You'll need more than luck if you want to get a ticket to the already historic Mayweather–Pacquiao fight on May 2 at the MGM Grand in Las Vegas. A very limited number of tickets will be offered to the general public — only 600 or 700 out of a 20,000-seat arena — with the rest going to celebrities, high rollers, and other VIP sports fans. Those limited tickets aren't even on sale yet, and already they're expected to fetch more than 10 times their face value of $1,500 to $7,500 each.
But forget getting into the actual fight. Finding a hotel room on the Strip that night may be just as difficult, with the town that is legendary for its flood of hotel rooms looking close to fully booked.
A search of online travel agencies and the websites of the major hospitality companies that control most of the properties on the Strip shows only a handful of rooms available the night of May 2 at the Venetian, Aria, and Caesar's Palace. The cheapest among them start at $999, $1,199, and $1299, depending on the hotel.
The 7,000-room MGM Grand is completely sold out, as is the Bellagio, both of the Wynn properties, and nearly every other hotel on the Strip that helps comprise the 150,000 rooms Las Vegas has to offer. Moreover, the rate of around $1,000 for a standard room is nearly 10 times the $137 average daily rate for a room on the Strip last May. Prices averaged $127 and $109 per night in 2013 and 2012, respectively, according to data from the Las Vegas Convention and Visitors Authority (LVCVA).
"The Mayweather–Pacquiao fight is drawing a big crowd and living up to the hype as the fight of the century," Dan Connolly, senior associate dean at the Daniels College of Business at the University of Denver, specializing in hospitality trends, told BuzzFeed News. "But there are likely other demand generators — for example, the Kentucky Derby betting crowd — happening around the same time that are filling up all of Vegas' rooms, not just the MGM where the fight will take place. Certainly, the marketing machines are heavily promoting this to generate demand. It will be something to watch for more reasons than one."
Bracketing the weekend of the fight are a number of big conferences, including the National Hardware Show, which is expecting about 30,000 visitors, and Collision, a tech-focused sister event of the Web Summit, a big European tech conference that expects 7,000 to 10,000 visitors. The SALT conference, an annual gathering for the hedge fund industry, kicks off on the Tuesday after the fight and expects about 2,000 attendees, and it's safe to assume many of its high-roller finance guests will show up a few days early for the most expensive fight in boxing history.
Julian Dugas, director of sports marketing at the LVCVA, said the Derby crowd, as well as the city's extremely lucrative conference and convention business, is helping create the perfect storm for the weekend of the fight, drawing in huge crowds that have pushed occupancy levels to the point of New Year's Eve and a handful of ultra popular trade shoes, like the Consumer Electronics Show in January.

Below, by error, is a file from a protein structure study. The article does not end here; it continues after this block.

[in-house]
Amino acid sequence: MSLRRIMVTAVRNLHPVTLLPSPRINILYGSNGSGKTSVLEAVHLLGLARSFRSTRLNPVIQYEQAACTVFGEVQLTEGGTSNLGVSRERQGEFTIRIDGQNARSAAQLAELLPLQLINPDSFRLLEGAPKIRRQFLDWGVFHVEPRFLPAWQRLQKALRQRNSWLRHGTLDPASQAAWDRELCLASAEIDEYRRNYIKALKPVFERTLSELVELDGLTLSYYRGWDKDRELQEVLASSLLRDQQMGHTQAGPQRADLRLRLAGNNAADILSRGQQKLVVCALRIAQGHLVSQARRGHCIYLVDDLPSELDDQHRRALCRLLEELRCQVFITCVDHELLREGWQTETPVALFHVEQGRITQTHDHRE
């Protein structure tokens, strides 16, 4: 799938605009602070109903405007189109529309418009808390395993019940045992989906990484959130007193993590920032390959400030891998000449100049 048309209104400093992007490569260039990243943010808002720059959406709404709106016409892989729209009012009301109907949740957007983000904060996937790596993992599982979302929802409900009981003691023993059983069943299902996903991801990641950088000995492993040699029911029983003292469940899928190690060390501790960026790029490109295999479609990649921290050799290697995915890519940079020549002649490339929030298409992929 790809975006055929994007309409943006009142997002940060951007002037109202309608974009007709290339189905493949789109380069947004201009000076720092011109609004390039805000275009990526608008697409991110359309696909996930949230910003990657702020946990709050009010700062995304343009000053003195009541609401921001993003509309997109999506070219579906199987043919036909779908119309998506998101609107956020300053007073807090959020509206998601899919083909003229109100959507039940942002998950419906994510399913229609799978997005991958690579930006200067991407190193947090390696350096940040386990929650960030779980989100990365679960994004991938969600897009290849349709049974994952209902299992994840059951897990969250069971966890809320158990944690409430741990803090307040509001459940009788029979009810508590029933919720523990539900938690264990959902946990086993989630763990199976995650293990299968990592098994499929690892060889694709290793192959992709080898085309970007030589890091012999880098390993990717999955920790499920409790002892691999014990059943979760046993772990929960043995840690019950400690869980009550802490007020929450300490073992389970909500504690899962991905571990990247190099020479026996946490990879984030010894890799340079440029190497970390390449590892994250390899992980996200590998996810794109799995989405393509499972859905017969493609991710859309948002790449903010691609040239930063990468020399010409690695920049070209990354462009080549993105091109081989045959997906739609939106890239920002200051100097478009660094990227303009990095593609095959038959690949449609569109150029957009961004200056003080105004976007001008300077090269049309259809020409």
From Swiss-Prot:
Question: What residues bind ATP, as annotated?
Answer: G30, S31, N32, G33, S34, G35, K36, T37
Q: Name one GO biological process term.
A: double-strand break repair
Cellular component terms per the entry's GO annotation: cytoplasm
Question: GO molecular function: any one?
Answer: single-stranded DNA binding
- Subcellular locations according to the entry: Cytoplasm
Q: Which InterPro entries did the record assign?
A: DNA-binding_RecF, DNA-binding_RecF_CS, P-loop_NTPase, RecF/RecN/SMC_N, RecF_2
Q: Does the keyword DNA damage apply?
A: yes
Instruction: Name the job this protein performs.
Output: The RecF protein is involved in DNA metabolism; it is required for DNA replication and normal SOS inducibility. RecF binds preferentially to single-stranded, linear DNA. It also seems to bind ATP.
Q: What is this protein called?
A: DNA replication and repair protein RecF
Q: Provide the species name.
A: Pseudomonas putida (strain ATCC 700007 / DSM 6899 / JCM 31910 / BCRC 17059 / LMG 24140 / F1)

"A couple of things are happening over the [May 2 weekend] time period — a few meetings are in town," Dugas told BuzzFeed News. "May is a very, very popular time of the year for meetings, conventions, and trade shows because the weather is spectacular here, so you're going to have that demand on the product, and if it's a big show you have that segment of the market there, and they're staying at the Strip hotels. You also have the Kentucky Derby, which demand is high for as well."
Hands down the busiest property of the weekend will be the MGM Grand, the site of the fight. The hospitality chain will also be offering what Dugas describes as "closed-circuit opportunities" within all of its properties to broadcast the fight, as well as viewing parties at ballrooms throughout MGM hotels.
"So even if you don't have a ticket to the fight itself, you can participate in the pageantry and the excitement of it in the sports book and ballrooms set up to watch it," Dugas said. "So when you have the normal traffic that comes in, plus that, it's going to put a tremendous amount of pressure on our product."
The influx of visitors to Las Vegas around the weekend of the fight brings together three of the groups driving the city's return to growth as a destination: leisure, sports, and business. Occupancy levels have crept into the low-90% range for the city's hotels during May and other popular times of the year, and the number of total yearly visitors has grown by a couple million people since 2012, reaching more than 41 million in 2014.
On the sports front, the city is investing in its steady flow of spectator business that will reach critical mass with the Mayweather–Pacquiao fight next month. A new 20,000-seat arena from live events giant AEG is slated to open next May, a massive structure Dugas calls the "Staples Center on steroids" to accommodate the various sporting events the city hosts each year.
"Las Vegas has been known as the boxing capital of the world and the UFC capital of the world," Dugas said. "Sports have always played an important part in the dynamic of this destination. We have professional bull riding, NASCAR, a PGA tournament, a lot of championship events. After the downturn there were an awful lot of folks that used to travel internationally, and Las Vegas has become the place that people started coming to. It's quick — you can get here easily from almost anywhere in the U.S., and there are more nonstop flights coming here than almost any other places as far as a destination's concerned."